Publisher: Capcom / Developer: Capcom / Genre: Action/Platformer / Release Date: 01-10-06
Megaman is a word, that when uttered, brings up memories of some of the best platform and action games of all time. The Blue Bomber has always stood as a stalwart of the video game industry and has in every incarnation garnered success in the gaming community. In recent years Megaman had evolved to the point where the most old school of Megaman fans may not have even recognized the series anymore. But that was quickly fixed with the new trend of nostalgic gaming that has been pumped into the Megaman franchise. With the release of the Megaman Anniversary Collection
, which chronicled the entire NES days along with some Japanese only arcade games, it was evident that there was a market for the old school Megaman games in today’s economy. So now we see a new retro compilation in front of us. The Megaman X Collection
is the next logical step and Capcom has made sure to deliver with all six Megaman X titles and the interesting inclusion of the oft-forgotten (and for good reason I’m told) Megaman Japanese racing title. For those of you counting at home that will make a grand total of 17 Megaman games that Capcom has re-released for our gaming pleasure, which to me speaks of not only of their ability to think of the fans, but also they are paying tribute to a series that has always been one of the very best. But, while that is all well and good, just because Capcom has re-released them doesn’t mean much without some facts to back this portjob up. So let’s see what we know about the specifics of this newest compilation.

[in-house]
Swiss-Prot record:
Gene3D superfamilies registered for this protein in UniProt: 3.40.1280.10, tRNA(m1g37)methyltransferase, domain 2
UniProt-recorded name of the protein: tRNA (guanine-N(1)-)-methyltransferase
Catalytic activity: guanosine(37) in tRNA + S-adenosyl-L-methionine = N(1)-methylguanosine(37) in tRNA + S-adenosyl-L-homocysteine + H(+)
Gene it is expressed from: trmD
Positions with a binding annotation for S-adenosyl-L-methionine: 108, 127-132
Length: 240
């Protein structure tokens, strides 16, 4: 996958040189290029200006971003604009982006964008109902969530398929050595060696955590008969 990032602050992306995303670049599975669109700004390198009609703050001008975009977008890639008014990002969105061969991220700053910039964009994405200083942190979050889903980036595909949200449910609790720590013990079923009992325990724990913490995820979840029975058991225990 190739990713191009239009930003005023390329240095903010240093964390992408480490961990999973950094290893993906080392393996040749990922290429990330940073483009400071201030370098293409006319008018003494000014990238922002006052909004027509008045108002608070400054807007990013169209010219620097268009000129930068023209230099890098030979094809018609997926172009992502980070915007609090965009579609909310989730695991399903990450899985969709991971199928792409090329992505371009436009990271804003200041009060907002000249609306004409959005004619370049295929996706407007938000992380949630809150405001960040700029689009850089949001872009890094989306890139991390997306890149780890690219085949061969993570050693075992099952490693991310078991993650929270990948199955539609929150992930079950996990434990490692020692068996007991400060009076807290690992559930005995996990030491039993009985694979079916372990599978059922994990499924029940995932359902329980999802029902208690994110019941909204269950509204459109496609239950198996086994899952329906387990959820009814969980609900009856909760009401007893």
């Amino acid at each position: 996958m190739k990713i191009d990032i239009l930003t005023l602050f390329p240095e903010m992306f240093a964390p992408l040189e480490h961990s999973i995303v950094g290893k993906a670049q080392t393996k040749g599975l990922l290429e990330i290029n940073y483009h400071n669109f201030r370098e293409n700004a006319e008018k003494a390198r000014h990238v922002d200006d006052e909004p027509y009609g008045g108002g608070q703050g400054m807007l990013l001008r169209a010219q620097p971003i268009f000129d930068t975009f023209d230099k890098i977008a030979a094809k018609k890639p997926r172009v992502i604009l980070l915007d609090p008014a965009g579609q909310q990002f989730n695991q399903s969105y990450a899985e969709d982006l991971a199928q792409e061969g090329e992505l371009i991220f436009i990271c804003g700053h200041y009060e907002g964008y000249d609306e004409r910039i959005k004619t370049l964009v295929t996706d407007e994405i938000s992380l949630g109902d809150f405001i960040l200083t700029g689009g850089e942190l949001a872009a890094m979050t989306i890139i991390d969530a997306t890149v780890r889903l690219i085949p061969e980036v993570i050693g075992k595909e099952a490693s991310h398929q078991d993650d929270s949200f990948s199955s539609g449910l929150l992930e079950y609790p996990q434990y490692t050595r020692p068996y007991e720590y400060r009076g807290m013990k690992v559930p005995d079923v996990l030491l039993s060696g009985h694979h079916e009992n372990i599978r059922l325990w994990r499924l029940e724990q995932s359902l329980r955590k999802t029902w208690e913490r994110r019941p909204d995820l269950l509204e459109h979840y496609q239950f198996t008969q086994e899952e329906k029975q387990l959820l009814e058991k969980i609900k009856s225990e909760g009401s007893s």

The X series was very well received by fans back in the 1990’s. It introduces tons of new characters and of course lays the groundwork for the mind-numbingly hard Zero series that we see on the GBA today. The plots get a bit deeper, and the series really comes into it’s own adding layers to the already rich gameplay that was in place from the NES days. The true selling points of the Megaman X Collection; however, do not rest in the history. They rest in the value of such old school games that appeal to a more hardcore section of the audience that remember the 16-bit and early 32-bit days. In terms of what purists will want, the sound, graphics, and style of the games will remain faithful to their original forms. Indeed, Capcom seems to be going to a complete port, even right down to including the password system in the games that had it available. Certainly it will be interested to see how the Megaman X series evolved since the compilation will span from 1-6 in the series. Gaming enthusiasts will definitely be curious to see how things change as you go through each game. Remember the first three X games all appeared on the Super Nintendo, with it’s 16-bit graphics. The rest of the series would see the upgrade on either the PSX of Sega Saturn, so there will definitely be a noticeable graphic difference from game to game. Thankfully Capcom has done little to tinker with a winning formula. Not too much has changed, right down to the anime cutscenes in the latter offerings that have some of that horrendous voice acting I first encountered when playing Megaman VIII on the Megaman Anniversary Collection. If you are thinking about buying this game, then don’t expect too many surprises, because the same basic formula that most Megaman games have still applies: Progress through the levels one by one, using the weapons you gain to dispatch the bosses. Of course it’s a winning formula, so there is no reason to fix something that isn’t broken. One aspect of gameplay that will change is the control scheme, at least from the way it was designed in the Megaman Anniversary Collection. Many people complained last time about changing the buttons around on us from the NES days in terms of firing your weapon and jumping. Well, apparently Capcom heard those moans and groans, because they have righted the ship. This collection returns to the roots of Megaman games with the B button serving for shooting and the A button used in jumping. It’s a nice little touch for those of us who did have a slight period of adjustment to make when playing all the NES classics over again.